Skip navigation
Sign up to follow your favorites on all your devices.
Sign up

Inside the Top 100 voting process


Every year at this time, NFL Network fills the post-draft void with a countdown of the top 100 players in the NFL, as determined by the players.

But the players do some strange things, like putting Ravens receiver Jacoby Jones higher on the list than Seahawks receiver Percy Harvin. And when we pointed that out on Friday, Eagles linebacker Connor Barwin said via Twitter, "[E]veryone knows no players actually vote for who’s on that list right?”

Our buddy Pat McAfee, who punts for the Colts, chimed in that he “[l]ove[s] this tweet.”

So we asked NFL Network to explain the process, and to confirm that players indeed cast ballots for the list.

Ideally, all players would do it. This year, the league says only 481 of them actually did. That’s 28.3 percent of all active players.

“All players are given the opportunity to vote through ballots we send to all 32 teams around Thanksgiving,” NFL Network spokesman Alex Riethmiller told PFT via email. “For convenience sake, we try to time it with Pro Bowl balloting, so they can do them together. In addition to ballots collected that way, we also give ballots to many of the players that we interview for our shows. This year, in total, we received 481 votes.”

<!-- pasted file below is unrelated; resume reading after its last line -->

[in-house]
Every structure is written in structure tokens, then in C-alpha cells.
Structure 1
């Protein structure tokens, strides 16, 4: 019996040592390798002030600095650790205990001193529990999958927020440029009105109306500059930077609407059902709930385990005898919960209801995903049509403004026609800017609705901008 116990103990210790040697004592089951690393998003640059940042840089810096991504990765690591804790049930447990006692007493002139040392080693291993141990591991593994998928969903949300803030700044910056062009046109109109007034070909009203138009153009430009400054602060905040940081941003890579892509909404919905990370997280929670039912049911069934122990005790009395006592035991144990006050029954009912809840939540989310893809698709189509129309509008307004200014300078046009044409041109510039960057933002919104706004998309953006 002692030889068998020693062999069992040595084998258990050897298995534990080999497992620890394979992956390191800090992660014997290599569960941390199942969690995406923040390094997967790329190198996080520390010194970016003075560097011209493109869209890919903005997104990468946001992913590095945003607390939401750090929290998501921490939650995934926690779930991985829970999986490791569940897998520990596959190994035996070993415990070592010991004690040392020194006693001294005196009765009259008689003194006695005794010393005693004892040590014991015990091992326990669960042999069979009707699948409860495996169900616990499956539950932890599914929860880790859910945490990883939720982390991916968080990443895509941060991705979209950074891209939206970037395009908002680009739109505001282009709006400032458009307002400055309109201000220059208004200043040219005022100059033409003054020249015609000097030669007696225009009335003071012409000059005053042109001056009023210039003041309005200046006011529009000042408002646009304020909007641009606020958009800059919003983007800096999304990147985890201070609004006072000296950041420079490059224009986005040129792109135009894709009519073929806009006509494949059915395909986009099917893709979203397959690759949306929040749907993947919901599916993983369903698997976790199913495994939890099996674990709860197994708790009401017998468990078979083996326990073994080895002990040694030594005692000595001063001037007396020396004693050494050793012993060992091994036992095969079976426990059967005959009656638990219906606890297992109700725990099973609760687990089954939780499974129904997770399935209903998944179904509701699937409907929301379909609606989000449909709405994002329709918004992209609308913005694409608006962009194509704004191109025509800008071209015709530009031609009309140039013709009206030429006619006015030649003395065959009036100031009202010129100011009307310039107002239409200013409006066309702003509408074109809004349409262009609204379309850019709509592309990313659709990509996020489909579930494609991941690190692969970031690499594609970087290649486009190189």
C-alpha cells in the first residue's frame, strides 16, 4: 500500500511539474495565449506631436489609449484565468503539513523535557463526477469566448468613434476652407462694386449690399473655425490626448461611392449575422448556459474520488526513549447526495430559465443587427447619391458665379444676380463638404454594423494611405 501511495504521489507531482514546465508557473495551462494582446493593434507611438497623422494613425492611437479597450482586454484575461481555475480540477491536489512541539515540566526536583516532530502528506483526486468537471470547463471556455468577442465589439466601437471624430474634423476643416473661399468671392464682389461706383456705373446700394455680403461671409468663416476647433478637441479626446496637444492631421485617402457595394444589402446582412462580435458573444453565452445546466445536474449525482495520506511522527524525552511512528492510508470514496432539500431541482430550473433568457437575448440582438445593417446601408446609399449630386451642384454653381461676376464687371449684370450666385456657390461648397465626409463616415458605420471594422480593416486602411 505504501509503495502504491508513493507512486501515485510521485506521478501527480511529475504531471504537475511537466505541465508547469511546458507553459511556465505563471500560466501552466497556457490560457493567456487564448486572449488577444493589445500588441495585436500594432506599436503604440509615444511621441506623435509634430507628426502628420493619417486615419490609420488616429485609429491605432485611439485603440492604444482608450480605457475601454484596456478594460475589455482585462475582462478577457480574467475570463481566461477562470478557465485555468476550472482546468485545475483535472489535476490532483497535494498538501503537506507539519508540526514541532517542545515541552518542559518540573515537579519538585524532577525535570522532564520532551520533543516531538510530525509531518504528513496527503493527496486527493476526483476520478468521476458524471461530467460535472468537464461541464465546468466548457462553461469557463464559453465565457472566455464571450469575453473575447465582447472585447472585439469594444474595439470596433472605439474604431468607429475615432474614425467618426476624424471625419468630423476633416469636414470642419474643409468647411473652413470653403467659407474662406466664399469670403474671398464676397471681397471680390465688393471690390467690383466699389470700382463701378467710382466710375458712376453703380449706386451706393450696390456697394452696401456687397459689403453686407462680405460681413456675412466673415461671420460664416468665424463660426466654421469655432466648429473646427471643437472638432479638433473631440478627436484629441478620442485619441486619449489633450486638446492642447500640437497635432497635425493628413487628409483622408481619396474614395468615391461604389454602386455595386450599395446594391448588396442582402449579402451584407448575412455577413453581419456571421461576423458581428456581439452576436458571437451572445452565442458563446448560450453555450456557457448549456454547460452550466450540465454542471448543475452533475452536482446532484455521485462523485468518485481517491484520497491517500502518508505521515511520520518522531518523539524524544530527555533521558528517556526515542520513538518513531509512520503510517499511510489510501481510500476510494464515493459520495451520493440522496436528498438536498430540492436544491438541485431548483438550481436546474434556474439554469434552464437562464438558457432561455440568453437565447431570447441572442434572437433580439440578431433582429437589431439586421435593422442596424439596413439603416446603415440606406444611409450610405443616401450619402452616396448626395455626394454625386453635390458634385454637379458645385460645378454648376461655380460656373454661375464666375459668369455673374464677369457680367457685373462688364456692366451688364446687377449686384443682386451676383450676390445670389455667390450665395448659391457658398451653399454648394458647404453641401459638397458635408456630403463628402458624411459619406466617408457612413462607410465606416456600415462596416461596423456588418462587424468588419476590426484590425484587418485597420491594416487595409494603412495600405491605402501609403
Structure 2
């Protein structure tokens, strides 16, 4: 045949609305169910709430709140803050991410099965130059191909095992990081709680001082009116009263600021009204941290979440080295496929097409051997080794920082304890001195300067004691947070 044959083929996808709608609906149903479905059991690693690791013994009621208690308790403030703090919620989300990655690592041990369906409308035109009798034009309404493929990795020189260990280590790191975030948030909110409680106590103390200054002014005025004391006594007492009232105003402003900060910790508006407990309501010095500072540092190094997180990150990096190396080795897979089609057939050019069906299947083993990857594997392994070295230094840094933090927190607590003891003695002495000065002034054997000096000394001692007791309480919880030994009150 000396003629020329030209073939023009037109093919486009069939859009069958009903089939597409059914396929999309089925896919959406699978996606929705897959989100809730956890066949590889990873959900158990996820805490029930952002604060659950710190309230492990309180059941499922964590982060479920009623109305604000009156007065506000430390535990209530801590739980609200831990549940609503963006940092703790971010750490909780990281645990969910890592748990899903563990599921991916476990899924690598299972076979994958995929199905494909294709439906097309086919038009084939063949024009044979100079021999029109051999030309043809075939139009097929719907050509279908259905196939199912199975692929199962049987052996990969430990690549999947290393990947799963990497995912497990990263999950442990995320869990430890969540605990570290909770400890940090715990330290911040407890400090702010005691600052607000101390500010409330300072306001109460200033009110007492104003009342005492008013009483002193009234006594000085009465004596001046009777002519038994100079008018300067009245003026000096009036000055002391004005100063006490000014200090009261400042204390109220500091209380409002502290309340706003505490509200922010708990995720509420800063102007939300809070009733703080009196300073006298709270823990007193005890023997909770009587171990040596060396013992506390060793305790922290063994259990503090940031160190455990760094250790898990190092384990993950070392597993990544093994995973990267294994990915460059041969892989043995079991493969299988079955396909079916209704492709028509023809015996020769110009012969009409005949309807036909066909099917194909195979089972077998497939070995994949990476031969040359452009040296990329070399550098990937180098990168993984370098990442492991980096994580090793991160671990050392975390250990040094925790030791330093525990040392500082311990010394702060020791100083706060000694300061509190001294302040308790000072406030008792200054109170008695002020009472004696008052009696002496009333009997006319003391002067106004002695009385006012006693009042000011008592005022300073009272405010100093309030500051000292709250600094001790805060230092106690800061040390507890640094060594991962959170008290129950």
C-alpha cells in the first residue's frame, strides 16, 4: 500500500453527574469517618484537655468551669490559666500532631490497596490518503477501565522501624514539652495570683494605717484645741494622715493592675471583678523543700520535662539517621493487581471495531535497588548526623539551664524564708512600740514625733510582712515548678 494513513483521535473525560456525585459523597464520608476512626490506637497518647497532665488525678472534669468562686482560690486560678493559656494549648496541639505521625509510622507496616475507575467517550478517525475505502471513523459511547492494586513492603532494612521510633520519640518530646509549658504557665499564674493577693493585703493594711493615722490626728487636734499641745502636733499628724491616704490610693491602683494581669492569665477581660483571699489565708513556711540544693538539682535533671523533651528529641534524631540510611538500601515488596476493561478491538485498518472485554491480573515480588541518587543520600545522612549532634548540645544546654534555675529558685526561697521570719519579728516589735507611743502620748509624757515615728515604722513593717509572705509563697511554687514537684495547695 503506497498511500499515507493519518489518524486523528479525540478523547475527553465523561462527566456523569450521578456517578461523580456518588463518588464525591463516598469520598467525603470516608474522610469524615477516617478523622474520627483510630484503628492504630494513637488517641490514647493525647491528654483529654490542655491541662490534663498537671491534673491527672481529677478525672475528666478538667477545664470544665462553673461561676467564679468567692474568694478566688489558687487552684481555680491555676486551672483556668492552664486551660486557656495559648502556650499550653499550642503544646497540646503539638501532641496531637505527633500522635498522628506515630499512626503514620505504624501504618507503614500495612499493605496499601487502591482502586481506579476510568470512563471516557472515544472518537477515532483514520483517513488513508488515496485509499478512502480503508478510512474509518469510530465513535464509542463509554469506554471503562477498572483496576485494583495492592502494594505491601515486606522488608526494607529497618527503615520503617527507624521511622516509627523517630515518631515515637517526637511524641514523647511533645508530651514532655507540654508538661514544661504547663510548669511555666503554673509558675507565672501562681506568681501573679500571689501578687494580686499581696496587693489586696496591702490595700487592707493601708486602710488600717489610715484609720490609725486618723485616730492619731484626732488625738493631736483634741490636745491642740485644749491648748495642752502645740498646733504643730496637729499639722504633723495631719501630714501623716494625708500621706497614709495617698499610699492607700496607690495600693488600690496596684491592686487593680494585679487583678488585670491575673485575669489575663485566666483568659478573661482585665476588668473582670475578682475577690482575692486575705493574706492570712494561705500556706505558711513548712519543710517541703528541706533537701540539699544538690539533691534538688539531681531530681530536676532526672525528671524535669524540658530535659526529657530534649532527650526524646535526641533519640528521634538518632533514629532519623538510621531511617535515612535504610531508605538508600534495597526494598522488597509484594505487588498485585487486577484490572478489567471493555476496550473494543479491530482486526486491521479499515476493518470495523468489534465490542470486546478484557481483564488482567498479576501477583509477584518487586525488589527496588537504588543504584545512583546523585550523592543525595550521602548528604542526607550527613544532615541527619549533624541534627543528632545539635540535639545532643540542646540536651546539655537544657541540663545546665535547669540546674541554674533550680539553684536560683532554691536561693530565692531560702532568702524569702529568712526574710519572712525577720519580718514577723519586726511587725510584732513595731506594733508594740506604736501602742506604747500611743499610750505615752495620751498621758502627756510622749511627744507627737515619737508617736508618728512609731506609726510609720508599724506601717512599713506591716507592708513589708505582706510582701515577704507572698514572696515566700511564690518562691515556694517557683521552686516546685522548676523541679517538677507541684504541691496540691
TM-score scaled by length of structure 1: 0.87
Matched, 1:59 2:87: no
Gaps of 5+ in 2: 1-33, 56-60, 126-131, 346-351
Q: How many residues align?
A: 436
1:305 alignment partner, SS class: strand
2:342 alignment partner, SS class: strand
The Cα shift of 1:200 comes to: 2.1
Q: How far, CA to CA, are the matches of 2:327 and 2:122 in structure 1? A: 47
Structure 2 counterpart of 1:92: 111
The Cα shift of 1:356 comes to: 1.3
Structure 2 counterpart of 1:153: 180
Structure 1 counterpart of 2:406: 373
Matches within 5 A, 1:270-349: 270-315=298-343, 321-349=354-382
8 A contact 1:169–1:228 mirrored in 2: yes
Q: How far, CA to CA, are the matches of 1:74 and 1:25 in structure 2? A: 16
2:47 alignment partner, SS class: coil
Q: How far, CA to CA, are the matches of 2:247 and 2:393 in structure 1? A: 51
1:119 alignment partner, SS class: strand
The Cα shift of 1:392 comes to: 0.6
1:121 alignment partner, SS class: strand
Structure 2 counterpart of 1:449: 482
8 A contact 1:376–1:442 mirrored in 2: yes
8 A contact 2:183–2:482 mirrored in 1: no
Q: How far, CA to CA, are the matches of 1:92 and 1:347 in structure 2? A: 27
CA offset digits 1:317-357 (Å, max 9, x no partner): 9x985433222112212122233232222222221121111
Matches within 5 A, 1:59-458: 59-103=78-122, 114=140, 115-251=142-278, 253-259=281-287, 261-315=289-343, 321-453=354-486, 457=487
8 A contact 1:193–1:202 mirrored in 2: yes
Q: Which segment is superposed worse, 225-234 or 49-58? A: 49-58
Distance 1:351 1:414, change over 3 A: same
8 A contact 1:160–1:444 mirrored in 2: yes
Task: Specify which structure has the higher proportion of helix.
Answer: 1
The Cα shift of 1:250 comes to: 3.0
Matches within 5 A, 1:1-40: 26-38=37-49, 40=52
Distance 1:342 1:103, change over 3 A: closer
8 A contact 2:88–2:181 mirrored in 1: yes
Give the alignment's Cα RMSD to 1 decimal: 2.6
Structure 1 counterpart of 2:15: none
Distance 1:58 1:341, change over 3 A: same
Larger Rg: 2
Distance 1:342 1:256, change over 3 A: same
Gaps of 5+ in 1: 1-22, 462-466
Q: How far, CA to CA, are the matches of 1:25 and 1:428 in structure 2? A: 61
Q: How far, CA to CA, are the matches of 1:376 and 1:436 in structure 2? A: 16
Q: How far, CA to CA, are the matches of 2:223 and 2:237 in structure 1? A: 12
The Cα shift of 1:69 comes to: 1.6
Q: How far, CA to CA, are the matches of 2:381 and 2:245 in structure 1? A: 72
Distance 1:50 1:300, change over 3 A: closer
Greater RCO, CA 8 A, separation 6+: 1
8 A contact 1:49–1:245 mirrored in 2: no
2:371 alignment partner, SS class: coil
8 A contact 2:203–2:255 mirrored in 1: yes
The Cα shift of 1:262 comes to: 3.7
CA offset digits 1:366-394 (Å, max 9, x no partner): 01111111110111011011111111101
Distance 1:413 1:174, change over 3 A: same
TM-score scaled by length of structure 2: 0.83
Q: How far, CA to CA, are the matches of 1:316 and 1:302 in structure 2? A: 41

To vote, each player lists only his top 20 players in the league. The player listed at No. 1 gets 20 points, the player listed at No. 2 gets 19 points, and the process continues until the player listed at No. 20 gets one point.

So it’s really not a “top 100" list. It’s the 100 players who received the highest vote totals from players who attempted to list their personal top 20, presumably without the benefit of all 32 rosters or starting lineups or Pro Bowl qualifiers or anything else that would ensure they aren’t accidentally overlooking someone as they pull 20 names out of thin air.

The voting period extended from late November 2012 through early April 2013. That range undoubtedly accounts for Jones getting more points than Harvin. During those months, Harvin didn’t play at all; Jones was responsible for postseason heroics in Denver and New Orleans, where he arguably should have been named Super Bowl MVP.

So when giving a player a piece of paper and saying, “List your top 20 NFL players,” chances are that any ballots cast in February, March, and April would have had Jones higher than the out-of-sight-out-of-mind Harvin.

Regardless, that outcome shows that, for the list to be more credible in the future, the process needs to improve. Preferably, the league would come up with a computer-based ballot that makes it easy -- and fun -- for players to drag and drop names into their own list of one through not 20 players but 100 players.

While there’s no guarantee that more than 481 players would do it, those who choose to spend the time presumably would be more conscientious than those who scribble down the names of the first 20 great players who come to mind while sitting in the locker room or hanging out in an NFLN green room.